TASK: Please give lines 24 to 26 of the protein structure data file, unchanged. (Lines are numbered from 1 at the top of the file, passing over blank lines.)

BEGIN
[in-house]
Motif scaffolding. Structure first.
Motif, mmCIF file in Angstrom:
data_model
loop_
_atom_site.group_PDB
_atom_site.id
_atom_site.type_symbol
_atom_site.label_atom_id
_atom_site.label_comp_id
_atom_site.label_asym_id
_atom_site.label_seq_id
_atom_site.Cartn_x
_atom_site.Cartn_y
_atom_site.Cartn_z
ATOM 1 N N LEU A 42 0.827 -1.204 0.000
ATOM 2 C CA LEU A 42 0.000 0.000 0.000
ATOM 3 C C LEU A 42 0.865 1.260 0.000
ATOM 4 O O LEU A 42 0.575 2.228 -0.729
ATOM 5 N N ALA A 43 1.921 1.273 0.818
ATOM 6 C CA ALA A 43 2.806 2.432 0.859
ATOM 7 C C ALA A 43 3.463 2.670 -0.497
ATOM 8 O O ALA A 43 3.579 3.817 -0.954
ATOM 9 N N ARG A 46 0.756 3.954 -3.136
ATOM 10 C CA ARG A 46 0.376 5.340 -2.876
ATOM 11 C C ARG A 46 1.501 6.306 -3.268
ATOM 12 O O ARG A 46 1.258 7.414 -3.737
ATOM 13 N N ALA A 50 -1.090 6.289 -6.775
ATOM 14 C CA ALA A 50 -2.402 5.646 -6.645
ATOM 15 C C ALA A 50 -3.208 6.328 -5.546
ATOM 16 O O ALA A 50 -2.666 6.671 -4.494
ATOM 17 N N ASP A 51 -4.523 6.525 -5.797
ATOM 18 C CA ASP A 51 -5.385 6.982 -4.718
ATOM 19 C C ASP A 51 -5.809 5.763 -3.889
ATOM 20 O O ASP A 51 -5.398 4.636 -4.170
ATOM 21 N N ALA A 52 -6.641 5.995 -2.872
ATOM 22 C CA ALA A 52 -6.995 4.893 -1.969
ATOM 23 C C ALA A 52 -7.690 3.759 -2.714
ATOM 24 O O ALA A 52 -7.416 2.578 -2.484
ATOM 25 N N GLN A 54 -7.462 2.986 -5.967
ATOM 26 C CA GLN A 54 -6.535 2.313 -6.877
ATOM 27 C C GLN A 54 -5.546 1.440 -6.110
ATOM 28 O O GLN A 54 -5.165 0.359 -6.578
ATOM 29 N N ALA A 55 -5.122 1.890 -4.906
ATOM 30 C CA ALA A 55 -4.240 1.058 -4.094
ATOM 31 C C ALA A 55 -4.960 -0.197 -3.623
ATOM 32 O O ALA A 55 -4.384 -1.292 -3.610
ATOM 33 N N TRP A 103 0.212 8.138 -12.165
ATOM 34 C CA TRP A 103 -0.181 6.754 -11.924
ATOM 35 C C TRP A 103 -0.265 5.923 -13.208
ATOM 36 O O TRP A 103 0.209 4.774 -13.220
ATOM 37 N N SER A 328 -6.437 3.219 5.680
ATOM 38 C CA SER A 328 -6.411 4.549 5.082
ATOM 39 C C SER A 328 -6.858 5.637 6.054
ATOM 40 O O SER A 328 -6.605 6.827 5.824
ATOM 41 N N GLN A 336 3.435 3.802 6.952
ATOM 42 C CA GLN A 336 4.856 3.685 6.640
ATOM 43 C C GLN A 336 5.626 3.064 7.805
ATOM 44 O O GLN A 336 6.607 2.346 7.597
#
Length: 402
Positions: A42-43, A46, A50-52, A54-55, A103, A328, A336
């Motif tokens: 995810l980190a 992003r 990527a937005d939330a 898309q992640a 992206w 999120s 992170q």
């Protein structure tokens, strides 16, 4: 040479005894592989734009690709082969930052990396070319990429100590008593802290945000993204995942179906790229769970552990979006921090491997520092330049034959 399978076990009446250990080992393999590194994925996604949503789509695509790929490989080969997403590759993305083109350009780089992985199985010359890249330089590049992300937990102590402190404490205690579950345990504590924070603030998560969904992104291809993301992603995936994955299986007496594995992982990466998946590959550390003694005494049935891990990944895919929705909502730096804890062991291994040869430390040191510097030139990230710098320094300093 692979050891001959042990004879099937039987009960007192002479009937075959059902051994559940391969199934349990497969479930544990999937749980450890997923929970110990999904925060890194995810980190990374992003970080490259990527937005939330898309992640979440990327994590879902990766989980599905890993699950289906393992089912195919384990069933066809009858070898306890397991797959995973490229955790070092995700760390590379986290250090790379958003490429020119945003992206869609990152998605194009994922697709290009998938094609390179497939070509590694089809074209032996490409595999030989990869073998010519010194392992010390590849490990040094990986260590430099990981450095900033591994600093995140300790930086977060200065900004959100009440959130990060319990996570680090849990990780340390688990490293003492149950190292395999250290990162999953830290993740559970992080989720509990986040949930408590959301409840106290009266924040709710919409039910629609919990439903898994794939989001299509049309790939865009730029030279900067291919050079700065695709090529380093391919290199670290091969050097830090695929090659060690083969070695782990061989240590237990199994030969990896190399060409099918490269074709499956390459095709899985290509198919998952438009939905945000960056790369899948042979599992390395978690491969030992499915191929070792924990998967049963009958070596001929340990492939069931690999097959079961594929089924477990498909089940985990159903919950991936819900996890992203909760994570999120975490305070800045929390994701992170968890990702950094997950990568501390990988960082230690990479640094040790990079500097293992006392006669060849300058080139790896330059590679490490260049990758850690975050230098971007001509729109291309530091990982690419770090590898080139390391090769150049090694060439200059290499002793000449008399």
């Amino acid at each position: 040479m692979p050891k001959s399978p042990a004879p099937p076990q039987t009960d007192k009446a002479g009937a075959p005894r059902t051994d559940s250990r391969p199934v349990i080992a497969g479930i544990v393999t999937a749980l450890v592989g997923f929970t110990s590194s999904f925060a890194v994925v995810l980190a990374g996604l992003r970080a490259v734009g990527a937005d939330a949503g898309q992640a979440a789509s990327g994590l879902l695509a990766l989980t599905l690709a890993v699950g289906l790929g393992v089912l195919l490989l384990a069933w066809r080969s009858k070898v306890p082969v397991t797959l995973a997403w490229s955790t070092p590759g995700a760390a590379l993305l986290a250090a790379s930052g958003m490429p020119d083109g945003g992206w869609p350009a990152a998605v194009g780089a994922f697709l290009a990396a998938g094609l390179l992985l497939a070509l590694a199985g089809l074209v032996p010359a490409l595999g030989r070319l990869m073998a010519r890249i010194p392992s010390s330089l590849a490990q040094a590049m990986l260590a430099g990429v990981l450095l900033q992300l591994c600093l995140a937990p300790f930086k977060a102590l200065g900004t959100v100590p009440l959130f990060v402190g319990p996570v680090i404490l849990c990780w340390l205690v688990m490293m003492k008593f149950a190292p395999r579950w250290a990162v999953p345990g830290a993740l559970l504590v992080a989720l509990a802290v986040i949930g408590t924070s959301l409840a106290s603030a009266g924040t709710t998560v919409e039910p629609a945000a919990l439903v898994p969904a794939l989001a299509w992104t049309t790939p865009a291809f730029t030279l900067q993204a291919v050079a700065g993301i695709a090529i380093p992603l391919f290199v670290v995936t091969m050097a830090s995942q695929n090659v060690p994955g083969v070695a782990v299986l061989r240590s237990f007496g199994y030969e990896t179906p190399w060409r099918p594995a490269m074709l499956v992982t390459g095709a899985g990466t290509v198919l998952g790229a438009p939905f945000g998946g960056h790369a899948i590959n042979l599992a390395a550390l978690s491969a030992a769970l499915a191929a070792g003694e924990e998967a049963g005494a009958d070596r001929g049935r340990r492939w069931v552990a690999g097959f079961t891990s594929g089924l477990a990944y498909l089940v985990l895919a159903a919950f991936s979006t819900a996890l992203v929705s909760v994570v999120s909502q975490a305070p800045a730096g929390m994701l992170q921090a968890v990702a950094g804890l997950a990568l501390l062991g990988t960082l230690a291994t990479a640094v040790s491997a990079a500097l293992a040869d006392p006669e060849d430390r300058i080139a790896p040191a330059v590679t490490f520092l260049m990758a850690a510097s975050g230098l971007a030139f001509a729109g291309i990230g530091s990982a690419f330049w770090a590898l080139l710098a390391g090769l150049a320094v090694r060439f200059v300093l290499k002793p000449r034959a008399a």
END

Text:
ATOM 9 N N ARG A 46 0.756 3.954 -3.136
ATOM 10 C CA ARG A 46 0.376 5.340 -2.876
ATOM 11 C C ARG A 46 1.501 6.306 -3.268